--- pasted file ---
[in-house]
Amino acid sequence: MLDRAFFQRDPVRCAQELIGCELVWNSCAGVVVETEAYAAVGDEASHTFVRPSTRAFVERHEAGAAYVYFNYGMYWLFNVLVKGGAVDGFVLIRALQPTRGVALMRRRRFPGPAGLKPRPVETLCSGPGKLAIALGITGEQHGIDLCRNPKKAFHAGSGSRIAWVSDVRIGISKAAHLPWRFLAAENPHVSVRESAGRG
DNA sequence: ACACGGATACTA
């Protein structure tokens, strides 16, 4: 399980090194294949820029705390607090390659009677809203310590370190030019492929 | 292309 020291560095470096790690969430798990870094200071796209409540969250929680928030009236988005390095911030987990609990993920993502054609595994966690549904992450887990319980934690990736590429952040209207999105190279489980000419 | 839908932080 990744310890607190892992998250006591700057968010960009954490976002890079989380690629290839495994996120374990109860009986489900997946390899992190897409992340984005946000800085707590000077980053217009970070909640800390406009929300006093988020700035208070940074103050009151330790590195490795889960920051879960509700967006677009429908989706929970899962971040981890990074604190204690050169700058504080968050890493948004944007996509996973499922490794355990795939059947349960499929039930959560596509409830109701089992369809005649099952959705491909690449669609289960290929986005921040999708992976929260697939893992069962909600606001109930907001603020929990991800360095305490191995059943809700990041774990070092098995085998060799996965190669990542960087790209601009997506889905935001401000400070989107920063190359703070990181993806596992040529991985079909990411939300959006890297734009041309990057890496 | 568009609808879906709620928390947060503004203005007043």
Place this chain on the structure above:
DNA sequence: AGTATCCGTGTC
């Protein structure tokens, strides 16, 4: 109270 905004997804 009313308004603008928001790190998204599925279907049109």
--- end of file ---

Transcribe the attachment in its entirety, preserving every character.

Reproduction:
[in-house]
Amino acid sequence: MLDRAFFQRDPVRCAQELIGCELVWNSCAGVVVETEAYAAVGDEASHTFVRPSTRAFVERHEAGAAYVYFNYGMYWLFNVLVKGGAVDGFVLIRALQPTRGVALMRRRRFPGPAGLKPRPVETLCSGPGKLAIALGITGEQHGIDLCRNPKKAFHAGSGSRIAWVSDVRIGISKAAHLPWRFLAAENPHVSVRESAGRG
DNA sequence: ACACGGATACTA
């Protein structure tokens, strides 16, 4: 399980090194294949820029705390607090390659009677809203310590370190030019492929 | 292309 020291560095470096790690969430798990870094200071796209409540969250929680928030009236988005390095911030987990609990993920993502054609595994966690549904992450887990319980934690990736590429952040209207999105190279489980000419 | 839908932080 990744310890607190892992998250006591700057968010960009954490976002890079989380690629290839495994996120374990109860009986489900997946390899992190897409992340984005946000800085707590000077980053217009970070909640800390406009929300006093988020700035208070940074103050009151330790590195490795889960920051879960509700967006677009429908989706929970899962971040981890990074604190204690050169700058504080968050890493948004944007996509996973499922490794355990795939059947349960499929039930959560596509409830109701089992369809005649099952959705491909690449669609289960290929986005921040999708992976929260697939893992069962909600606001109930907001603020929990991800360095305490191995059943809700990041774990070092098995085998060799996965190669990542960087790209601009997506889905935001401000400070989107920063190359703070990181993806596992040529991985079909990411939300959006890297734009041309990057890496 | 568009609808879906709620928390947060503004203005007043």
Place this chain on the structure above:
DNA sequence: AGTATCCGTGTC
């Protein structure tokens, strides 16, 4: 109270 905004997804 009313308004603008928001790190998204599925279907049109």